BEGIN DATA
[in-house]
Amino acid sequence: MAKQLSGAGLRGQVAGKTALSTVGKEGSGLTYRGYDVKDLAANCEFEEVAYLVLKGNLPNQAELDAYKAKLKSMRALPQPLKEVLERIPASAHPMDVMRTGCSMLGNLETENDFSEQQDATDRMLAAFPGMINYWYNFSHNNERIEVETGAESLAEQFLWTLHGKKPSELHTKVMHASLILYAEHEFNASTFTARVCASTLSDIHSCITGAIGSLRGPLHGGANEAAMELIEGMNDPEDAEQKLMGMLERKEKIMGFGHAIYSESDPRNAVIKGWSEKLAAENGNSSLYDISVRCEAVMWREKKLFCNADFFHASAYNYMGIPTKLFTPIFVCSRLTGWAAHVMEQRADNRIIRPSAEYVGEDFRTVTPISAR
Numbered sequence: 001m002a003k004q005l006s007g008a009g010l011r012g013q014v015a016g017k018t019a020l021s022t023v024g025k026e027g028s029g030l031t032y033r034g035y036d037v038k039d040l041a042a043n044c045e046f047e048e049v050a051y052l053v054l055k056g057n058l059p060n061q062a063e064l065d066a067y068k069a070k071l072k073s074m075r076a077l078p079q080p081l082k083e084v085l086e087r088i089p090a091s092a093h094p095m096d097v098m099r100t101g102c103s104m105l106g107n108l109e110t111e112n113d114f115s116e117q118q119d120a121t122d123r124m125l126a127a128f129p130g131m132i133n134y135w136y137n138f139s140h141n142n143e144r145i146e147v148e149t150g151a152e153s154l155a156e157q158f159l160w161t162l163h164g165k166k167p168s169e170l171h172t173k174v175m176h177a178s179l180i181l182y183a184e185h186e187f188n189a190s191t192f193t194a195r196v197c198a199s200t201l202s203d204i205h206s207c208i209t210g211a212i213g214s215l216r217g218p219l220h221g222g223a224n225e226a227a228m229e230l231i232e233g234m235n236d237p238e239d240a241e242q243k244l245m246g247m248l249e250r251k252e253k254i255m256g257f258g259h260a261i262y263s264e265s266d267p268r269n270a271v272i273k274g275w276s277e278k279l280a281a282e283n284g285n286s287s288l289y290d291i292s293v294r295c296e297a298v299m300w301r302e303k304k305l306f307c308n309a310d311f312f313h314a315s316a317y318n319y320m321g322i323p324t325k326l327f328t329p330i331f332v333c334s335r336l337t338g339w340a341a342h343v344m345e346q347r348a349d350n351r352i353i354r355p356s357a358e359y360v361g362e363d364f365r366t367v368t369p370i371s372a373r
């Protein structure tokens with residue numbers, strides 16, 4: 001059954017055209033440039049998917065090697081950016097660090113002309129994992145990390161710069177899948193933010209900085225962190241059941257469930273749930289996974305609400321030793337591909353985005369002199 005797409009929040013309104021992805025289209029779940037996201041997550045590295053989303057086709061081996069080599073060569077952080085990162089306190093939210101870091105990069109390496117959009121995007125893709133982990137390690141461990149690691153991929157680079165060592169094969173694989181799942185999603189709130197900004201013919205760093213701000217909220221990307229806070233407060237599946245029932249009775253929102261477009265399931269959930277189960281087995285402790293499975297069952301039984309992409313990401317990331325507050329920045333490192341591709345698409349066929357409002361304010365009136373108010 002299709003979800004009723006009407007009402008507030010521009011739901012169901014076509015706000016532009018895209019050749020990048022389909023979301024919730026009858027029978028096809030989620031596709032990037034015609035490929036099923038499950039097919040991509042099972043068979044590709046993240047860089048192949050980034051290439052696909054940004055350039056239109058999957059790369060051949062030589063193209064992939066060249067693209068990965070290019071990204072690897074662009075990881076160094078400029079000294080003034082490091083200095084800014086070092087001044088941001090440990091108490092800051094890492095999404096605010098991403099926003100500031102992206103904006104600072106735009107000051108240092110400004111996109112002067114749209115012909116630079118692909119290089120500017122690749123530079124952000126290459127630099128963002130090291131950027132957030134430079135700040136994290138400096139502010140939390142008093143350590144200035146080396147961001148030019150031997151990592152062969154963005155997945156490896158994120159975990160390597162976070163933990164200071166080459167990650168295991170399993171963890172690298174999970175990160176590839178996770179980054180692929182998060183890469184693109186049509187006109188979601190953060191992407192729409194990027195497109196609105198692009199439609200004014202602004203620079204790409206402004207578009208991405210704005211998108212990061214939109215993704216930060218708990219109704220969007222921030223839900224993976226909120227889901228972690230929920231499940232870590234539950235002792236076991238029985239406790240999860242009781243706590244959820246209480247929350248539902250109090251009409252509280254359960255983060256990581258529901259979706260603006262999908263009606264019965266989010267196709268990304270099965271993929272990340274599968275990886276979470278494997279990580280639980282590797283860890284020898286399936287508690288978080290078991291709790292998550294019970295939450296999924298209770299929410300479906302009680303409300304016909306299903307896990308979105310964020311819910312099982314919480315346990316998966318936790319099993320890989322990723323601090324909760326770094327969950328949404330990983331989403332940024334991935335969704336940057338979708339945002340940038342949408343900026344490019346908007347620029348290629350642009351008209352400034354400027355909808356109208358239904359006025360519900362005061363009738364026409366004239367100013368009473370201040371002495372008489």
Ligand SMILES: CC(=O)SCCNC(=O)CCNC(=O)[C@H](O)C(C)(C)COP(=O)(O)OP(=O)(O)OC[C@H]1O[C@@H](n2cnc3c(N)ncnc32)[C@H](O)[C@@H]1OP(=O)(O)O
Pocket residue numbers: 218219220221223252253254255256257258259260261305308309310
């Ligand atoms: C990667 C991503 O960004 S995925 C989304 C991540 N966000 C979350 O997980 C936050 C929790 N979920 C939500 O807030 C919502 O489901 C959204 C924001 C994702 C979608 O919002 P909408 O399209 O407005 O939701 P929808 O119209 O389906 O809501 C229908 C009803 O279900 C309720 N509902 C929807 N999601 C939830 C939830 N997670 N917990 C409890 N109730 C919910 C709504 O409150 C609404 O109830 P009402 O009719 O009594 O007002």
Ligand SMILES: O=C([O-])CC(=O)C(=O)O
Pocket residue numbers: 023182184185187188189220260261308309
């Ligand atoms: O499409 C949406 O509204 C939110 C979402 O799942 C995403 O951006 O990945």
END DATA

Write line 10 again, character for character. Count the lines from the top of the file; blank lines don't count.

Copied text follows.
């Ligand atoms: O499409 C949406 O509204 C939110 C979402 O799942 C995403 O951006 O990945």